Posted by: PD Warrior | September 5, 2007

Lessons learned


As I grow old, I realize

The past is of no concern to me

For who I was, I am no more

And the here and now matters not

For who I am, I will not be…

It is of the future that I am most afraid.

I know not who I shall become

 And like a caterpillar in its cocoon

I cannot help but wonder

What it is that I will be…

A Monarch or a Moth?

The choice is mine,

I have but to break outside and see.

And in the in end I shall not care

Be it Monarch or Moth

For either way

I will spread my wings and fly.



 A very wise man (my great uncle, actually) told me once that “we cannot control the events in our lives. We have no choice over the good or the bad things that happen to us. Infact, the only real choice we have is how we react to these events.” He also said “even when you try something and it doesn’t work, you have not failed – you have only discovered one of the ways not to do something.” I am sure he wasn’t the originator of these quotes, but he believed them with all his heart, and he lived by these words. He taught me to never give up, no matter what, because he never did.

He was born in Poland in the late 1800’s and came to America at the age of ten. At the time of his immigration he spoke three languages – none of them English. Being the oldest male child – at the age of ten- his father did not permit him to go to school. He was expected to find work and help provide for the family.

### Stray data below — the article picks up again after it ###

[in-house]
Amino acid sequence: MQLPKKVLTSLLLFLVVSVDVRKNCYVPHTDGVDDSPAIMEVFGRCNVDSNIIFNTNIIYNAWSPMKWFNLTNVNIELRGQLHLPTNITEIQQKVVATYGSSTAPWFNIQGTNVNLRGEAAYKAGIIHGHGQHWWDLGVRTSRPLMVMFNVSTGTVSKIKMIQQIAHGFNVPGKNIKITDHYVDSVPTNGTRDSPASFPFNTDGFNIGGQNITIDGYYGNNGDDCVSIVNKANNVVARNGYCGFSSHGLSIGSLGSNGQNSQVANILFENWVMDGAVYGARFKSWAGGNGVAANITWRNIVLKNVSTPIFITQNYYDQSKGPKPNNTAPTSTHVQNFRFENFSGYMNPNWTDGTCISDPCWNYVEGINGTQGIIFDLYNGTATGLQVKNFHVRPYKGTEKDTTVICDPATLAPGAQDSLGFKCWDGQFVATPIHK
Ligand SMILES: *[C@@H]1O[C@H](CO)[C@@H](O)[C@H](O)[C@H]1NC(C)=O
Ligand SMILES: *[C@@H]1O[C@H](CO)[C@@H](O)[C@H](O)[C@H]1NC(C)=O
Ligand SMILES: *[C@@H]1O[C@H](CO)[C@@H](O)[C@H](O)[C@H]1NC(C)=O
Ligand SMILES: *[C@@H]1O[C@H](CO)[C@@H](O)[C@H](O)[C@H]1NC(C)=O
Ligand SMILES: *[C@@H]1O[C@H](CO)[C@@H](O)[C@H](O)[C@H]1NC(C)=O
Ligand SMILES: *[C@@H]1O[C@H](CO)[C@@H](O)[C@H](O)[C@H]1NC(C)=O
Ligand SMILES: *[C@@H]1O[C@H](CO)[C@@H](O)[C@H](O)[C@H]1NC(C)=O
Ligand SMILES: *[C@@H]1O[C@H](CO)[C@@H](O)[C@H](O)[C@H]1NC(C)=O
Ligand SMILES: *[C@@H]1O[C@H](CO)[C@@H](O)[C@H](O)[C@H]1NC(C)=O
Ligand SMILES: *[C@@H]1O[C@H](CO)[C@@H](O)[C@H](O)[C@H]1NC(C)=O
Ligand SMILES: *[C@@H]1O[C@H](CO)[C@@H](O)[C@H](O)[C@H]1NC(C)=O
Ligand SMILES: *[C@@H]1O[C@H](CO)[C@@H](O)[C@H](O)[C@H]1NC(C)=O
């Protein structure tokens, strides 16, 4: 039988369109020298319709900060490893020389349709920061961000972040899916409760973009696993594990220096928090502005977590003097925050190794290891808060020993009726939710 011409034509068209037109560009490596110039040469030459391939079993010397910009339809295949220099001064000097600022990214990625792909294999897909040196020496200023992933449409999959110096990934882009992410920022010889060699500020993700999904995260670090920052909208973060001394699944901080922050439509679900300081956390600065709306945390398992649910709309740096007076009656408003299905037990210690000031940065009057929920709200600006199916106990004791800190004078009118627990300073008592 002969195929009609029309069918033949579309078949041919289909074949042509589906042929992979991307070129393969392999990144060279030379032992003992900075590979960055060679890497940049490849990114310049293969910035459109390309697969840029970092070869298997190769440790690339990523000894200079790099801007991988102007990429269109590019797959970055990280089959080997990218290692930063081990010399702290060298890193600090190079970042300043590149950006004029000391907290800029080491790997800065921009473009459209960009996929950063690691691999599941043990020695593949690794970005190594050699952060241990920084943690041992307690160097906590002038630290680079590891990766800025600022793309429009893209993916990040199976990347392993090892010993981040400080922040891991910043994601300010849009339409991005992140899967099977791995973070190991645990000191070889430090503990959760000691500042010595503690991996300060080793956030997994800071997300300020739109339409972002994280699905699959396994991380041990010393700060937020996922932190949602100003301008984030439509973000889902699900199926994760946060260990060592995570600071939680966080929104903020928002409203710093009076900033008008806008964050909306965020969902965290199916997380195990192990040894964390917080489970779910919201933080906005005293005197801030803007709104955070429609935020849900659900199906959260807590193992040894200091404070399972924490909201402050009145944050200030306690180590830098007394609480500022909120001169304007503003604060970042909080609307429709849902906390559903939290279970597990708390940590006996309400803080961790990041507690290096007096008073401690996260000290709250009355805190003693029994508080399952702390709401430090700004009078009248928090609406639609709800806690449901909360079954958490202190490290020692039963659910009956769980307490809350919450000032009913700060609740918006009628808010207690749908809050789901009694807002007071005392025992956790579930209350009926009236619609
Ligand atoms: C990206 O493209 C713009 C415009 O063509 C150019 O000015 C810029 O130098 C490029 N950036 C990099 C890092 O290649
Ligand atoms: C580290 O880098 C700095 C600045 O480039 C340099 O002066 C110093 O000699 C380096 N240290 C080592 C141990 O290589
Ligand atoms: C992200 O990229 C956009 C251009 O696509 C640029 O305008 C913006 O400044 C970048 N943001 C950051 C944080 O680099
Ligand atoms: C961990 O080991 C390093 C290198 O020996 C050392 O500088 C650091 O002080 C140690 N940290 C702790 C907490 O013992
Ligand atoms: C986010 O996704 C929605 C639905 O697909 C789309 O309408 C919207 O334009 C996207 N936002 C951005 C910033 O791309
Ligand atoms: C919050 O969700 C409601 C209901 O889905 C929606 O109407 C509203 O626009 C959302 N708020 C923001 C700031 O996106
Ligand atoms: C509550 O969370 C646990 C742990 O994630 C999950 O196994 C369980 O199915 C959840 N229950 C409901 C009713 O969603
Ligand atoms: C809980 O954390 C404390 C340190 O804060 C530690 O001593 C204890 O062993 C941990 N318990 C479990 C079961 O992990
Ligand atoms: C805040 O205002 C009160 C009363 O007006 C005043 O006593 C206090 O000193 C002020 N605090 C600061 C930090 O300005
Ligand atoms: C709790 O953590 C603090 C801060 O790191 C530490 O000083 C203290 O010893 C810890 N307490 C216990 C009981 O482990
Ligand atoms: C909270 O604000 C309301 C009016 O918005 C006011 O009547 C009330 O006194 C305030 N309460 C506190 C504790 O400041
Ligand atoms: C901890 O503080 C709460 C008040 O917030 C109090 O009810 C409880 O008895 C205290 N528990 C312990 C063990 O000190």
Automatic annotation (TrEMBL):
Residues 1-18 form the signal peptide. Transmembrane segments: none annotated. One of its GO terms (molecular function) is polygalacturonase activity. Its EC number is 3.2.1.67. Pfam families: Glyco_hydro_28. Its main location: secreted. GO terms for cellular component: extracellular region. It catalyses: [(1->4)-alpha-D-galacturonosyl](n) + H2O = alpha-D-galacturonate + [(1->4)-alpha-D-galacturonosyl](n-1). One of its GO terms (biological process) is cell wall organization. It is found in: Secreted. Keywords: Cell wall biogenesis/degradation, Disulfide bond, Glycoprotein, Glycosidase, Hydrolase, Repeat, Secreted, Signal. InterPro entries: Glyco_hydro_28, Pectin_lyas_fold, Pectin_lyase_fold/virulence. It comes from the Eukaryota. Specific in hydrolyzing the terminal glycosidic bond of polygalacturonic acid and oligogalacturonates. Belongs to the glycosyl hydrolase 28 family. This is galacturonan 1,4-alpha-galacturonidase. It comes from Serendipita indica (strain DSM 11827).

He never let any of this get to him though. He worked with his father doing odd jobs during the day, and learned to speak English by listening to the men working around him. By the age of 12 he had taught himself to read, and by the age of 18 he had patented his first invention – a device that would seperate the hens on his farm that would lay eggs from those that would not. He always laughed about that invention. He said he invented it for his mother so she could tell which hens were going to supply the family with breakfast, and which would supply them with supper…

By the age of 24 he was employed by the local electric company as an electrical engineer, even though he never had any type of formal education.

He was no stranger to hard times. Besides going to work at the age of ten in a country where he didn’t speak the language, he lost his mother at a young age, leaving him as the “oldest” to help his father raise the family and care for his youngest sister who had Polio during a time when little to nothing was known about the disease. 

Yet he never let anything get to him. I asked him why that was one time, how he always managed to be in a good mood even when things were “going wrong?” His response: “Why shouldn’t I be in a good mood? Being angry or sad isn’t going to make things go any better. At least if I’m happy, I can enjoy my misery.”

 He filed for his 32nd patent at the age of 76; a device he desinged to improve his wife’s wheel chair so she could maneuver around the house with more independence.

To this day I still think of my Uncle Henry when I am down and in need of inspiration. I wrote the poem “Changes” earlier this spring in defiance of my Parkinson’s Disease. It is dedicated to my Uncle who has given me the courage and inspiration to “enjoy my misery”. I may not look real pretty, but I will spread my wings and fly.



  1. It’s the flying that matters.


  2. It seems to me your uncle was at great peace with himself. What an inspirational figure for you to follow!


  3. What a lovely post about your uncle.

    Pop by and pick up the badge you earned for the nursery rhymes quiz 🙂


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